by Joanne Stevenson The assault on the very existence of a Welfare State, now being pursued by the Con Dem government, has particularly placed women in the firing line. However, issues involving women are mostly of concern for the entire working class. Families, too, will bear the main brunt of these attacks. Serious cuts in maternity services led to a marked concern over the health of babies. A cut of 6% in health visitors and midwives has taken place this year alone, meaning that women are stopping breastfeeding much earlier in areas where there have been cuts. In Sandwell, 56% of new mothers start breastfeeding but two-thirds of these stop doing so in the first 6-8 weeks. Women’s health generally is seriously challenged by the cuts. Hysterectomy is now considered not a priority. Patients are being forced to endure pain, injury or disability arising from many conditions or illnesses because NHS primary care trusts aim simply to balance their books, with some surgical interventions deemed of low value despite a lack of evidence. Parents are facing childcare disaster, with costs rising at a time when pay is more or less static to an average of £100 a week. Support from government has been slashed and the number of places available has been diminishing rapidly; two-thirds of councils have insufficient provision. It costs almost an average salary for one child in full-time care whilst the mother works. The plain choice for most is to work, or to have a family, and the end result is that women are once again being forced back into the home by the system. Sure Start centres provide support for parents to when children go into reception classes. Most are now struggling badly to cope with budget cuts. One fifth of centres are charging for services which were formerly free. More than half no longer provide any onsite childcare. Cuts in women’s resource, advice, and health centres are damaging. Many vital local specialist domestic and sexual violence services are currently at risk. Domestic abuse services have been cut by 42%, and refuge spaces are being reduced. 72% of home-based domestic violence support services have no council funding. 60% of women are entitled to less than full basic state pension. Women have always been seen as the main carers in society but, now, an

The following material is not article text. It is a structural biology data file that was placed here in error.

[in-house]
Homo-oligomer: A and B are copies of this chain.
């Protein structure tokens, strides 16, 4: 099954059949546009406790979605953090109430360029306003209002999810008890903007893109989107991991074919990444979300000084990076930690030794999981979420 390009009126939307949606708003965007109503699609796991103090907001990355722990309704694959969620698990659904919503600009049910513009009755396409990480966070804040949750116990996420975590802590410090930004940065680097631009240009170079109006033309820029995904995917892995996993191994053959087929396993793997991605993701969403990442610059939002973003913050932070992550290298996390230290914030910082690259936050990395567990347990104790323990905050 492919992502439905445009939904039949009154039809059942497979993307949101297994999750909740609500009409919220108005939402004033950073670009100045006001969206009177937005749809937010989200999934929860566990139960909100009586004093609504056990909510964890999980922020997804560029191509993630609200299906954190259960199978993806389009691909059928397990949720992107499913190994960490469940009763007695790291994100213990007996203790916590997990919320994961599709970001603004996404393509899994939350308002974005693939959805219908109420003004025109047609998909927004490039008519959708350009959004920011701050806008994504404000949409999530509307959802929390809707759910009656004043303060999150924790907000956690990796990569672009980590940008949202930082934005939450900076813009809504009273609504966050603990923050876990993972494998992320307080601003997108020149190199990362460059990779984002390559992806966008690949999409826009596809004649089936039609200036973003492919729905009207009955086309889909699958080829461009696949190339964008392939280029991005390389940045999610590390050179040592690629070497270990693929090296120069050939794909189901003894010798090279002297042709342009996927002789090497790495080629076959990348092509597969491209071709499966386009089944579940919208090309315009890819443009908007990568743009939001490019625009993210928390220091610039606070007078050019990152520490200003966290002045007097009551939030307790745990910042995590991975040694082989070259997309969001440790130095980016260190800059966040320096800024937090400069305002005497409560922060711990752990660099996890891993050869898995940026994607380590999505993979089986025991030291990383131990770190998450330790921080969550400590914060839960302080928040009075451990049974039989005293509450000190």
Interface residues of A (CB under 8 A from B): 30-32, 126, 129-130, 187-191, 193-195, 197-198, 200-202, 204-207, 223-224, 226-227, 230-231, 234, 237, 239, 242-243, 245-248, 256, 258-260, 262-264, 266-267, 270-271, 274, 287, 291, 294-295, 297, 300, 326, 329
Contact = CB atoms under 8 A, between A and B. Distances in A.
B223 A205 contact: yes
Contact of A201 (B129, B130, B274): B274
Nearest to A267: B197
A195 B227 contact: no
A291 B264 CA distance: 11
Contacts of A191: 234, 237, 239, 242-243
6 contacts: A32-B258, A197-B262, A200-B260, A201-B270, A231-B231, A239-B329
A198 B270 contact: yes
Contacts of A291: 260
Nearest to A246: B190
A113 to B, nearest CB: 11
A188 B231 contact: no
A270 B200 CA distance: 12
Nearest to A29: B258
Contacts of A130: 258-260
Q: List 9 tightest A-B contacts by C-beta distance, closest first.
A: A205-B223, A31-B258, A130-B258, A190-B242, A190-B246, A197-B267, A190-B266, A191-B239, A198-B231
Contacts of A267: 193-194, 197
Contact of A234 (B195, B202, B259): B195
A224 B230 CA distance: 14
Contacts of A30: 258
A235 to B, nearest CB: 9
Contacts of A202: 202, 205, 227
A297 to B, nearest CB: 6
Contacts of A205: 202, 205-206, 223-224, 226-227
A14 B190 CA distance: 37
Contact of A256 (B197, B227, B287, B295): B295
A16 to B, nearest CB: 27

army of them are being ejected from the workforce. Fully one quarter of women in their 50s have caring responsibilities despite having already spent many years juggling caring for their own children with work. Massive youth services cuts all over the country have seen responsibilities unrealistically transferred to housing associations, the police, religious groups and residents’ associations but mostly simply the cancellation of much needed services. Leisure centres, public swimming baths, and sports centres are all being closed, rationalised, or privatised, hardly creating the impression that future British Olympic (let lone paralympic!) sporting prowess amongst working class people is to be expected. Or that the rise in youthful obesity among the poor is to be tackled. In many cases, it will be mothers who will pick up the slack but working class families that will bear the brunt. Even as we see a massive rise in challenges as regards housing, rents, and mortgages, it is evident that women’s homelessness is worse than previously believed. Some three-quarters of homeless households in priority need are women, with 45% being female lone parent applicant households with dependent children. Of single homeless people with support needs, some 30% will be women. Many young people already experience hidden homelessness, staying on the floors of friends and relatives, living in overcrowded or squalid housing, or staying in violent relationships. But it is now becoming clearer that the numbers of women and girls who are hidden homeless are great. For all these reasons and more, the movement need to mobilise more effective campaigning and publicity on welfare issues, recognising the special concerns of women, but understanding these matters to be the concerns of the whole working class. Joanne Stevenson is the Midlands Communist Party Women’s Organiser